I'm going to have to agree with the feeling that a windshirt is a luxury. It is by no means, an essential piece of gear the same way a rain jacket is: it doesn't protect you fully against rain, nor wind, but on the other hand, paired with a hard shell, it lets you fine tune your exposure to the elements and increase your comfort level dramatically. You can certainly make do without it, but the amount of comfort it adds on an ounce-by-ounce basis is incredible.
I've worn nothing more than an R1 hoody & Houdini from 20º all the way to 5º for backpacking and snowshoeing. It lets me move at a normal pace without overheating or sweating, which in turn means I need to carry and wear less insulation for when I slow down or stop. When I heat up or cool down throughout the day I can simply regulate my temperature by sliding my sleeves up and down, opening the front zipper, or wearing the hood.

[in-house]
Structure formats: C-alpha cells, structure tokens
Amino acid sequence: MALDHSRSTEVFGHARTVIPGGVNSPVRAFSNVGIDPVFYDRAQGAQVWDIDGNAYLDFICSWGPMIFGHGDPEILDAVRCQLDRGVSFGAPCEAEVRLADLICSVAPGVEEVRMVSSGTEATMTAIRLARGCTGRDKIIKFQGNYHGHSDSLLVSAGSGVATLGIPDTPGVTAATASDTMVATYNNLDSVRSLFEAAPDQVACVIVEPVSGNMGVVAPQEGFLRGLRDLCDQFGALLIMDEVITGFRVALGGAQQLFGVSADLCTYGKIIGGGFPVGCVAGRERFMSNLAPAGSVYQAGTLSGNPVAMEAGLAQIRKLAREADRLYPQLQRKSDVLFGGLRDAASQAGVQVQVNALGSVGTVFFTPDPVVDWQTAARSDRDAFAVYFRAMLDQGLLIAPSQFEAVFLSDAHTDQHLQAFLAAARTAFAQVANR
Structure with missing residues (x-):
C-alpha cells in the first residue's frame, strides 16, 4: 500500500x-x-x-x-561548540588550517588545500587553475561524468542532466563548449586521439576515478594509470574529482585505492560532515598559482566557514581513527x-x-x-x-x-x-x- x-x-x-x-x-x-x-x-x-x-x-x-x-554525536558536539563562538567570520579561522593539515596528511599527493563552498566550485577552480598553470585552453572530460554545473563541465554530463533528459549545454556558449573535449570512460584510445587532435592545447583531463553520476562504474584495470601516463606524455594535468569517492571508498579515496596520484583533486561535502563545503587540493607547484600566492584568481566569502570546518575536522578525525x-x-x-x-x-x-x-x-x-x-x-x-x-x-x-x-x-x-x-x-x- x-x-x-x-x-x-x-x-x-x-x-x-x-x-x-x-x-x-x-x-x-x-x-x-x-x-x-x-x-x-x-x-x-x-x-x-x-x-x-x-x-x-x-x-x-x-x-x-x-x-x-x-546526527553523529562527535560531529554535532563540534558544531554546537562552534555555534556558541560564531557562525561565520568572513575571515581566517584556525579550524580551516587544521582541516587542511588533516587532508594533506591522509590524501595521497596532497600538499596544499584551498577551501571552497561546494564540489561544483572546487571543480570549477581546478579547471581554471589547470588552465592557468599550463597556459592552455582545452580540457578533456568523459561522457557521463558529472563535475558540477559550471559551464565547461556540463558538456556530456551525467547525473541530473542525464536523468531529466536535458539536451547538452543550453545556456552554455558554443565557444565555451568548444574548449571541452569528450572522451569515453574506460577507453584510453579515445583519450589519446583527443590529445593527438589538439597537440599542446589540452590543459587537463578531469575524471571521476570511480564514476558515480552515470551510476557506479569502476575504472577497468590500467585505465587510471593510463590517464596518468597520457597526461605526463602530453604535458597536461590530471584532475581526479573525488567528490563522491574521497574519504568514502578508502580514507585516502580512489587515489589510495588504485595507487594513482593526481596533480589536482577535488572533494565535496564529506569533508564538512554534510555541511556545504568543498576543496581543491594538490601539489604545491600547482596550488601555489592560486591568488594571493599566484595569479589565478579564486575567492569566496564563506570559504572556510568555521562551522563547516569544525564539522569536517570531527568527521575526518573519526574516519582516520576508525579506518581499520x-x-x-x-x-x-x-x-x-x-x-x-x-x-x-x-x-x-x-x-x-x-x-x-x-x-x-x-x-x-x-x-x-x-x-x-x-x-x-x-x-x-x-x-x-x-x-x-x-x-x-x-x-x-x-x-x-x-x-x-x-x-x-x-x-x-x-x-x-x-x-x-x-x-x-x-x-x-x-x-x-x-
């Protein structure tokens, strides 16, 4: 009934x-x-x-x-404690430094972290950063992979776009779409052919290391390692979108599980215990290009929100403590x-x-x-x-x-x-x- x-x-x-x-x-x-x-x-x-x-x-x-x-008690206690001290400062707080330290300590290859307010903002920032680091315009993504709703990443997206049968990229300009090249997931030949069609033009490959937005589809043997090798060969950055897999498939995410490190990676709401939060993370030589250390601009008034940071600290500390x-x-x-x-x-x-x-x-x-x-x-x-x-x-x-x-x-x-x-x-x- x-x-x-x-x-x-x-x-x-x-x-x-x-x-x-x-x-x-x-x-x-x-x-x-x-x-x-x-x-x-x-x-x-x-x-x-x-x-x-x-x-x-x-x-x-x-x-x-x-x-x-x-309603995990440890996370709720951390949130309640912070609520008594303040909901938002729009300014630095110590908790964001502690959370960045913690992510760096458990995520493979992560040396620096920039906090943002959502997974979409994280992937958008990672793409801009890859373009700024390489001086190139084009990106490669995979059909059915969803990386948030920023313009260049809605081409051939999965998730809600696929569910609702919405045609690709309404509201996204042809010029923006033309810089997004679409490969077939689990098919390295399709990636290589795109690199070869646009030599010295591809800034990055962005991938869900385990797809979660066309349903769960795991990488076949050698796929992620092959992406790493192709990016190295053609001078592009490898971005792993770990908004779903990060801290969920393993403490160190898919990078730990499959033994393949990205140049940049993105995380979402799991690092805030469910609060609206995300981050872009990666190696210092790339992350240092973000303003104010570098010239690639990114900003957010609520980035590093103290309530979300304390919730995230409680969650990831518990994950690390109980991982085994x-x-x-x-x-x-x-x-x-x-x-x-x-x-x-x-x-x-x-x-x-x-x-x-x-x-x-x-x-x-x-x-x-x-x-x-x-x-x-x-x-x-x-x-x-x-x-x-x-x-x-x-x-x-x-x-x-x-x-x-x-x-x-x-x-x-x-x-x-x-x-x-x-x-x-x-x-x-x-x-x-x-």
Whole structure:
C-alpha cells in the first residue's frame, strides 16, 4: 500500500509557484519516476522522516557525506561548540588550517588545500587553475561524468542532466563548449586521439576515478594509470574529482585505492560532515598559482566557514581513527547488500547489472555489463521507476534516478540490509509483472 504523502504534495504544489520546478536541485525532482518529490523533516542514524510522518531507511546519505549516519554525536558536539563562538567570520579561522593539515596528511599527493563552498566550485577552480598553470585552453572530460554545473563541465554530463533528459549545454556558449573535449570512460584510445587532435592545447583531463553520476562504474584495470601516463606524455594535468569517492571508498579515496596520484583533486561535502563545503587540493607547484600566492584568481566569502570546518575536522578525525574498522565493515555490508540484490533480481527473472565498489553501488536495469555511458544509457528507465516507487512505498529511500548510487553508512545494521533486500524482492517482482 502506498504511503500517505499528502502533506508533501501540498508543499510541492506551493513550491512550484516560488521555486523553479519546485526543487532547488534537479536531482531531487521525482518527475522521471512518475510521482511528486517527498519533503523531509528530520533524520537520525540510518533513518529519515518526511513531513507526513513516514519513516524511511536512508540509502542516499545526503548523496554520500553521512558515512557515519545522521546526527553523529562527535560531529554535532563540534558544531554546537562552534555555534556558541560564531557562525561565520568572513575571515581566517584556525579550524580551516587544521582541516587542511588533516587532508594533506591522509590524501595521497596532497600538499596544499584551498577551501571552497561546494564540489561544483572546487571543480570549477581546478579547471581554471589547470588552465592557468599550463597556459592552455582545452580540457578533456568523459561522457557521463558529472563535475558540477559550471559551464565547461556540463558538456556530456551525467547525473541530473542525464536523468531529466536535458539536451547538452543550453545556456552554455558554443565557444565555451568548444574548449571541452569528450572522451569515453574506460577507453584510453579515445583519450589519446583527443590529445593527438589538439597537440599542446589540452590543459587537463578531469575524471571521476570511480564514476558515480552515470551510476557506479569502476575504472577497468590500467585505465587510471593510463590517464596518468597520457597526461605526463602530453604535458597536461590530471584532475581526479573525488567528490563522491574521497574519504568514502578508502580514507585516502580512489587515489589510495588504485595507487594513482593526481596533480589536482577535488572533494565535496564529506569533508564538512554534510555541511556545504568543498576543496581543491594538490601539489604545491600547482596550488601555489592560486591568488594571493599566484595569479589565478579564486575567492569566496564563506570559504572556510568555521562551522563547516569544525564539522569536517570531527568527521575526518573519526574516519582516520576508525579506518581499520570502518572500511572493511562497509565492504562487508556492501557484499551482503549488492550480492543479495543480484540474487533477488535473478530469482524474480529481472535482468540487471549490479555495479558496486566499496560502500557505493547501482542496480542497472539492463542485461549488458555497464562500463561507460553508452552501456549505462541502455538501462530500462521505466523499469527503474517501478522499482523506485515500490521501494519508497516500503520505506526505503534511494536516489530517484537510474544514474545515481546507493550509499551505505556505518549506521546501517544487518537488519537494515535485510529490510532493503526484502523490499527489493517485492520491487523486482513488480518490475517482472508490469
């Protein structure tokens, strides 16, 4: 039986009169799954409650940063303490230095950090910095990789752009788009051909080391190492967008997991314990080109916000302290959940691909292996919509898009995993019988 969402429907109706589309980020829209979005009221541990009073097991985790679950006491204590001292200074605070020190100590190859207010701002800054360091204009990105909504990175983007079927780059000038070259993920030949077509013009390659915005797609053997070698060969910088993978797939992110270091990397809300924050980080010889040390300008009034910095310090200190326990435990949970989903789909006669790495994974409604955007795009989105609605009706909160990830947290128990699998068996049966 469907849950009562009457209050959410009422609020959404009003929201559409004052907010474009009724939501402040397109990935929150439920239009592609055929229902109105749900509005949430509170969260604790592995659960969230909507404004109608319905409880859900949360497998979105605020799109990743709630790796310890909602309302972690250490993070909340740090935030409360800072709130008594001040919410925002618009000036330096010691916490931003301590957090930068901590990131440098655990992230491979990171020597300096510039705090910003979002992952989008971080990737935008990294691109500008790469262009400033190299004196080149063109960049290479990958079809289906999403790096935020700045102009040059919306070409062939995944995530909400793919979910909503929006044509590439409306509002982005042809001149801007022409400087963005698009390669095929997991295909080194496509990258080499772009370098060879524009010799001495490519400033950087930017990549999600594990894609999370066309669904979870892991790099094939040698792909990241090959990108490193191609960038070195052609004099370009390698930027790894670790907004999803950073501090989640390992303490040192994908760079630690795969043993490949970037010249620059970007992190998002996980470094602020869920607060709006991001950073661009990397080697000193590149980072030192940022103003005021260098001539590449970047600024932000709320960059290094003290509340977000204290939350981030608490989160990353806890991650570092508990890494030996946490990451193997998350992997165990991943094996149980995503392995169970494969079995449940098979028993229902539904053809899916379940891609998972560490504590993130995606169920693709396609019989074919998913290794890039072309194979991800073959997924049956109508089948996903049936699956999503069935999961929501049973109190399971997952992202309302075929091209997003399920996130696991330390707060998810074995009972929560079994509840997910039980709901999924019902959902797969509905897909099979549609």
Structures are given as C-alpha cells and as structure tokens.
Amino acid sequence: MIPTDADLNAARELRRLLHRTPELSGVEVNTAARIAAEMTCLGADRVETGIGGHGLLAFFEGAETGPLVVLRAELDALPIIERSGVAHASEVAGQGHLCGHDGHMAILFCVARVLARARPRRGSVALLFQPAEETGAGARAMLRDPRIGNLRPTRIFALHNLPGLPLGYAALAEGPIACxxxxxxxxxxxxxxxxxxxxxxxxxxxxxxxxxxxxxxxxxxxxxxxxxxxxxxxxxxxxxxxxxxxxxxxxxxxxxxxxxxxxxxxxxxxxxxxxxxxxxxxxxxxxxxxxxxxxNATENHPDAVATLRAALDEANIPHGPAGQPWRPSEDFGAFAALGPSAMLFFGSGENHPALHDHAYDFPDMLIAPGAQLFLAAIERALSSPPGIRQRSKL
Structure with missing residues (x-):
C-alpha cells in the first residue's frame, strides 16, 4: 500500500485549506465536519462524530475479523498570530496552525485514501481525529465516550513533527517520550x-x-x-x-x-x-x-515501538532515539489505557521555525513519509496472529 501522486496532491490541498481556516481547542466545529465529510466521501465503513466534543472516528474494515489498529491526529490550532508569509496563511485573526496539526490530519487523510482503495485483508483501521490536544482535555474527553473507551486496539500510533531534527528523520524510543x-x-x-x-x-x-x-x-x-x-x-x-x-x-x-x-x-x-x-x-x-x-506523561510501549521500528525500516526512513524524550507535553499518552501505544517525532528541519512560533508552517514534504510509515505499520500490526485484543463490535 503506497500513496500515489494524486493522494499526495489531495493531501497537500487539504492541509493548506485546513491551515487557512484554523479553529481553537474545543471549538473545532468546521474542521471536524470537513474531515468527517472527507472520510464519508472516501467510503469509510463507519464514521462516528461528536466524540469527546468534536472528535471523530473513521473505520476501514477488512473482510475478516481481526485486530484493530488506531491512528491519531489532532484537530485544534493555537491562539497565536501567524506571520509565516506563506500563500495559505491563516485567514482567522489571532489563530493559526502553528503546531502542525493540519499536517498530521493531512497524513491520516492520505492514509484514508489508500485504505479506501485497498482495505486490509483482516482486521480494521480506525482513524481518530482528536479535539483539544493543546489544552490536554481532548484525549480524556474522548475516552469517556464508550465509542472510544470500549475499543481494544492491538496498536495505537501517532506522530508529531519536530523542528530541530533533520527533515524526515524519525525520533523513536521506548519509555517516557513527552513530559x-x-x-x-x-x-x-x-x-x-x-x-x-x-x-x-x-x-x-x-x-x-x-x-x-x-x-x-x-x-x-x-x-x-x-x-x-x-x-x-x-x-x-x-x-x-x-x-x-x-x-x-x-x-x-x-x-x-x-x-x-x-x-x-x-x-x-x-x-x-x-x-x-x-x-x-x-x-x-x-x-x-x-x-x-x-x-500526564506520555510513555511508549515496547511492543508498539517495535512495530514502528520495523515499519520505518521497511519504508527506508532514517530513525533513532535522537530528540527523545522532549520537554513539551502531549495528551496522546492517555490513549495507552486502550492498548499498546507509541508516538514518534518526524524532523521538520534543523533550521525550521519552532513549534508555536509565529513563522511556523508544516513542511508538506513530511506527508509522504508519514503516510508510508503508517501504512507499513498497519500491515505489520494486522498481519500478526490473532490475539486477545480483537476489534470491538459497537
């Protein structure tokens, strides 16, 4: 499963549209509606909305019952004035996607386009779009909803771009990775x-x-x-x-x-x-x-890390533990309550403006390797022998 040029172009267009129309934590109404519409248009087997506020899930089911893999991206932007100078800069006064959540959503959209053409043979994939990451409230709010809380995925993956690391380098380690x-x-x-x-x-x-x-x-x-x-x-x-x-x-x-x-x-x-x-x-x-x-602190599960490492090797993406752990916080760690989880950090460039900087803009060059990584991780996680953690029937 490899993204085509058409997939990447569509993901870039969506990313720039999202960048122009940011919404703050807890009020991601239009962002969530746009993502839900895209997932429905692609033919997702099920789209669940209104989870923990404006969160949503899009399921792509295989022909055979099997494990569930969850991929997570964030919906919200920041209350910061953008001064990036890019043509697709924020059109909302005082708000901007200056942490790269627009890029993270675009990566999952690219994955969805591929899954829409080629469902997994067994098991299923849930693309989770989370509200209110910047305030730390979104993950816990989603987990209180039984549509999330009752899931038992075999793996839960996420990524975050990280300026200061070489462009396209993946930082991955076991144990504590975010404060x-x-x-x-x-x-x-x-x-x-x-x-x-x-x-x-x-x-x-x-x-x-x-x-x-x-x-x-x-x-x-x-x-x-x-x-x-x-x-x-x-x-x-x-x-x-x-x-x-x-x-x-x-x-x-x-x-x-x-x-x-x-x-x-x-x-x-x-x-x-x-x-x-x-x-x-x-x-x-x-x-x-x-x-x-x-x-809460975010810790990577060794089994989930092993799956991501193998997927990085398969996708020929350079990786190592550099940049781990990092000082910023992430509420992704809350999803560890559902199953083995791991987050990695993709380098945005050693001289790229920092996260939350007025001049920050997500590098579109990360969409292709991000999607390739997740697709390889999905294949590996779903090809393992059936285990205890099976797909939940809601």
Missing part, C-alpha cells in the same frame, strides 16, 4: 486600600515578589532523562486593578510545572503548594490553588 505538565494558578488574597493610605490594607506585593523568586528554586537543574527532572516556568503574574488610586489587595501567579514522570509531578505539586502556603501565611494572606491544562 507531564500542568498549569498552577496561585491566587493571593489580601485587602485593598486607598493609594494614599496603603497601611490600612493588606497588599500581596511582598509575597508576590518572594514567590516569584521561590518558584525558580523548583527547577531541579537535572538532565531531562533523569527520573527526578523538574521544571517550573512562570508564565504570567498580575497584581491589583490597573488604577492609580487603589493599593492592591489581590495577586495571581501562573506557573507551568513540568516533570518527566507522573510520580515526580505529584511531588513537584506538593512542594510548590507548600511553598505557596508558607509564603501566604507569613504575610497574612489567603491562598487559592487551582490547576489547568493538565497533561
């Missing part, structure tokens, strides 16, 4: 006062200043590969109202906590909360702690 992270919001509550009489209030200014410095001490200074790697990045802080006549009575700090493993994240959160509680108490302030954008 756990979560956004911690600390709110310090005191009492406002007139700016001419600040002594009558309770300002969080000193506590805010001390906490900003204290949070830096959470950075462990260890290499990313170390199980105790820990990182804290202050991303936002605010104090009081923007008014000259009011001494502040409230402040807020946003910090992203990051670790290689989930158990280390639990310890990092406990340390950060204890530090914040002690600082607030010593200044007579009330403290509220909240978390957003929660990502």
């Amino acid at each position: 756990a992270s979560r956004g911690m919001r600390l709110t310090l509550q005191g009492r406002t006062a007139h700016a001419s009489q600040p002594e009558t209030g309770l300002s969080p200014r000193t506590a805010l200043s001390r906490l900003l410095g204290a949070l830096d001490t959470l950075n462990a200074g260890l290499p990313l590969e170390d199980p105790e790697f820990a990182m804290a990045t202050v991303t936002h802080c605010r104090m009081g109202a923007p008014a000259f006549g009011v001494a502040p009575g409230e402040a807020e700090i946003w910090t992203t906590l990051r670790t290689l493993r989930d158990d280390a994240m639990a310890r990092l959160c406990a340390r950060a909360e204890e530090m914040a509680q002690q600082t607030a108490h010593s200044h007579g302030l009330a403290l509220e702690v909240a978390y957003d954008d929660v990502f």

In warmer months like spring and fall I'll wear the Houdini over a lightweight, long-sleeved base layer and I can continue to regulate my temperature in a similar manner. I'll even carry the Houdini into the summer, for cool nights.
More importantly for me is how it fits into a typical clothing layering system, which has radically changed the way I layer. When I used to use a hard shell as a light additional insulation layer, I would wear it and sweat in it, knowing that being waterproof, it would dry quickly when I took it off.
If I got cold, I would have to take off the hard shell, put on a mid layer, and then put the hard shell back over it. With the Houdini, I can simply slide a mid layer over it for warmth, whereas doing the same with a hard shell is far less viable due to the stiffer, less breathable material. My hard shell is then relegated for when precipitation is too much for the wind shell to handle, or if I'm above treeline or in an exposed, windy area in subfreezing conditions.
The other great thing about a hooded wind shell is, unlike just about any other material people wear in the backcountry, snow and water slips right off. If you duck under a tree branch only to dump snow or water on you, it will fall right off your windshell instead of falling down your neck or soaking into your layers.